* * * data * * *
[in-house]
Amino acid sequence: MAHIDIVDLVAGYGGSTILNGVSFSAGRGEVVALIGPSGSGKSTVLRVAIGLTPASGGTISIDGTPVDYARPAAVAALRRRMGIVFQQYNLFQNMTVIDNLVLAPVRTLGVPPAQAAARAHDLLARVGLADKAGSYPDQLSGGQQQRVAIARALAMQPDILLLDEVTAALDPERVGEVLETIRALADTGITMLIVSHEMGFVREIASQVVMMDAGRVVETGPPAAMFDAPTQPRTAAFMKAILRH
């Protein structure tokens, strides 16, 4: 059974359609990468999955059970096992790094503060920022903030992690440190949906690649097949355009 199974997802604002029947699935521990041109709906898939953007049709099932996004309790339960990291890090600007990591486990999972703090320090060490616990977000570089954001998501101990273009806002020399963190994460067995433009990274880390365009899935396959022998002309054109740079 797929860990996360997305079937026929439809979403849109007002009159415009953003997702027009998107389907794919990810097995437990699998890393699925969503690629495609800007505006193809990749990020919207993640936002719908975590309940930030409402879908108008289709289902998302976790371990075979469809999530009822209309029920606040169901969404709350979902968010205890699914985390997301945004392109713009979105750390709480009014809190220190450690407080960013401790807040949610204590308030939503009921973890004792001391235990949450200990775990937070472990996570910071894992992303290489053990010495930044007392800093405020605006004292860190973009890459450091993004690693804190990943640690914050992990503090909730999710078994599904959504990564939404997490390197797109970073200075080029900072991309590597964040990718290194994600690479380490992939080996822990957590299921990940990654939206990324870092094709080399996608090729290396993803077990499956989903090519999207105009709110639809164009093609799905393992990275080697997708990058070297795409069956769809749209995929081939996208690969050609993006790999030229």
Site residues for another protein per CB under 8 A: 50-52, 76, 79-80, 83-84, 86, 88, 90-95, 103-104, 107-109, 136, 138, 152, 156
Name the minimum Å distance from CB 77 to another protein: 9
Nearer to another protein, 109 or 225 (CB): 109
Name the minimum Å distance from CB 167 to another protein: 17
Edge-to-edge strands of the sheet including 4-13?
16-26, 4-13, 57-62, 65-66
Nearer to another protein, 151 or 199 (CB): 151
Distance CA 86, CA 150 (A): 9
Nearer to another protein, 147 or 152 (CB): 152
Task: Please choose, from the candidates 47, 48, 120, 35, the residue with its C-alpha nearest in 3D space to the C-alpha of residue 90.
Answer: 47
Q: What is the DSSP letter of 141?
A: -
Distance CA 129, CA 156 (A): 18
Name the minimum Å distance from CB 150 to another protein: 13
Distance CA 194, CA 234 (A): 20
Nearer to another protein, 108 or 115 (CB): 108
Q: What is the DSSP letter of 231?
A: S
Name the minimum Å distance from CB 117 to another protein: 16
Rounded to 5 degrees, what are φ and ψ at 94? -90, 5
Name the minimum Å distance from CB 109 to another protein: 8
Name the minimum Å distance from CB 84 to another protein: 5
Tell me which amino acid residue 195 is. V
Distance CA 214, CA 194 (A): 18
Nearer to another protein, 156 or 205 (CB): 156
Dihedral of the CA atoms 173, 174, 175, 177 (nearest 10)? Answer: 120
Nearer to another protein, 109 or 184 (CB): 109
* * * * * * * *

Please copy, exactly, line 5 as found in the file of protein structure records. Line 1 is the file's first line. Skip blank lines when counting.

Name the minimum Å distance from CB 77 to another protein: 9